Nanaimo RCMP adapting as mental health calls steadily rise

By Dominic Abassi
June 11, 2018 - 5:20pm

RCMP members were able to grab a woman perched on the railing of this bridge, a recent example of police's role as frontline mental health workers.Google

NANAIMO — Two Nanaimo Mounties are being hailed as heroes after talking a young woman off the top railing of the Bastion Street bridge, another example of the evolving role of police officers.

Nanaimo RCMP Cst. Gary O'Brien said the two members, Cst. Derek Carl and Cst. Jessica Barnett, responded to the call in late May and found the woman dangerously perched on top of the downtown bridge.

As Barnett struck-up a conversation with the woman, who O'Brien said appeared to be in her late-teens, Carl was able to grab her off the ledge and bring her to safety.

O'Brien said it's nothing new for their members, who are dealing with mental health or social disorder issues during more than 60 per cent of their call-outs.

"It's one of the most difficult calls you deal with because the members are fully aware if they say or do something wrong, it could possibly end in the death of an individual," O'Brien told NanaimoNewsNOW.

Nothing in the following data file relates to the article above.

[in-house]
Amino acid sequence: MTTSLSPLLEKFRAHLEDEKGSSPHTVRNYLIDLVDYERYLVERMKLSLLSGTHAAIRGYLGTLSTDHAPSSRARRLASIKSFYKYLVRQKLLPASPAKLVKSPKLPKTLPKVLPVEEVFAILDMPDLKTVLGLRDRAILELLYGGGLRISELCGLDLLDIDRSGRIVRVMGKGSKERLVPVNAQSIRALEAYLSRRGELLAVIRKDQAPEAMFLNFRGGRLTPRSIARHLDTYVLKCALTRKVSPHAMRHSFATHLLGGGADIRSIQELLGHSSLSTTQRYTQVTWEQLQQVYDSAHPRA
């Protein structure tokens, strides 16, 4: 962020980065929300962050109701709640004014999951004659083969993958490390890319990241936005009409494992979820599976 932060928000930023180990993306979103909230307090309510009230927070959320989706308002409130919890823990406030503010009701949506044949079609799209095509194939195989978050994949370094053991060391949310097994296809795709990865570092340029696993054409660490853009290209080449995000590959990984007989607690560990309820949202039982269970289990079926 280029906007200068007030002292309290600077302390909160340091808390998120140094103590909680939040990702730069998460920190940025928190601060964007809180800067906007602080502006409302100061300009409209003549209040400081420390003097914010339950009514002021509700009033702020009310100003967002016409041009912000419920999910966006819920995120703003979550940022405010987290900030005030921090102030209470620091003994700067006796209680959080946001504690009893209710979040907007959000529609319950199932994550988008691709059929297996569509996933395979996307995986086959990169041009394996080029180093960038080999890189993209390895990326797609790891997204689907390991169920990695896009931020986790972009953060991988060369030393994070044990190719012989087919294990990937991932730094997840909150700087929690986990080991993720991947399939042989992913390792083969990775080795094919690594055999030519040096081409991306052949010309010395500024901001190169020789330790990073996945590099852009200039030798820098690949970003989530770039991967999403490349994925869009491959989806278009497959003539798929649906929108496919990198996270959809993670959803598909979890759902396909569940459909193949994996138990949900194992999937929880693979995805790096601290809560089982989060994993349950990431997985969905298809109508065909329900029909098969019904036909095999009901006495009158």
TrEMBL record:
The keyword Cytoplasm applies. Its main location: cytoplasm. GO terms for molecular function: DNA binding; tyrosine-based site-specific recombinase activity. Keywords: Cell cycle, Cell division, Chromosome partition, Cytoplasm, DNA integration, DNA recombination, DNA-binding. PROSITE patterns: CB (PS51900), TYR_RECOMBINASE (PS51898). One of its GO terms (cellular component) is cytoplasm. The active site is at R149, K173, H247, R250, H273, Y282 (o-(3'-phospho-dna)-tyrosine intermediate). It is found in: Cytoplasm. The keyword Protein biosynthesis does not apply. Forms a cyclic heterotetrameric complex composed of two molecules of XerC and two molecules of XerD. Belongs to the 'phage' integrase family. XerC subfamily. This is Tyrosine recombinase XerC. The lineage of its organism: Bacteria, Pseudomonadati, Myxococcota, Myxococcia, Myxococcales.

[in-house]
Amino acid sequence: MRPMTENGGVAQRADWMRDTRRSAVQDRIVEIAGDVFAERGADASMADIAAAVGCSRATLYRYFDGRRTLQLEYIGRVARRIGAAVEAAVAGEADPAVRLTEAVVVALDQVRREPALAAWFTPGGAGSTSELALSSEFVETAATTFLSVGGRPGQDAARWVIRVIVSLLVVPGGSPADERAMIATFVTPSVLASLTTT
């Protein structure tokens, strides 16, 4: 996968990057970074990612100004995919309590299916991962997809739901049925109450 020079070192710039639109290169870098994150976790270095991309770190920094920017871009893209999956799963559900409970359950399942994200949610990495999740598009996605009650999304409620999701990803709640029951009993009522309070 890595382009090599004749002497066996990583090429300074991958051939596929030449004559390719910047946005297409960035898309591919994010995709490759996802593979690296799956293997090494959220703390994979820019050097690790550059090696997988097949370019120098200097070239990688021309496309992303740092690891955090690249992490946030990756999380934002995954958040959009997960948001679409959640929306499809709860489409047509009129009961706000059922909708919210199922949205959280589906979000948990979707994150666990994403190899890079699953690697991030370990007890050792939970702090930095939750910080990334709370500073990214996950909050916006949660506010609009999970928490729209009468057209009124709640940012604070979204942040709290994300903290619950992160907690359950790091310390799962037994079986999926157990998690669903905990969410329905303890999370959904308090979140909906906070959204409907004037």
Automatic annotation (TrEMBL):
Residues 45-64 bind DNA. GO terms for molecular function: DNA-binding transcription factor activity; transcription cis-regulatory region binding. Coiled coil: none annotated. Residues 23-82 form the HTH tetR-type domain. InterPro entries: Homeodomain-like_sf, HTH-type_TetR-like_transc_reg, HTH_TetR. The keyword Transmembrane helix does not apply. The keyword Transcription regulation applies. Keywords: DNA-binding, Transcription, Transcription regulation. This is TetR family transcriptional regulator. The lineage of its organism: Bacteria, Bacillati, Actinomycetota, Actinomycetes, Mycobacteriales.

He said it seems people in communities across B.C. are under more stress, whether from family or work issues, pushing mental health-related calls up year-after-year.

"We're going in the place of a mental health or social worker because we are the first responder...That's the reality of our job and that's why the focus of our training now is on de-escalation, recognizing mental health issues and knowing the resources in our community to get people help."

O'Brien said the addition of a dedicated mental health officer to their force last year is having a positive impact. When RCMP respond to a call where mental health issues were at play, the new officer follows up and connects people with community resources to hopefully avoid more interactions with police.

"We need more of them. Every community needs more of them."

The majority of work for modern Mounties is not "criminal based," O'Brien said, and challenges presented during often tense, life-or-death situations take a toll.

"There's an extreme jeopardy. The members are debriefed after and we will follow up with them to make sure they're okay. They keep thinking 'What if, what could I have done differently.' In this most recent situation, they did a great job and the young girl is getting the help she needs."


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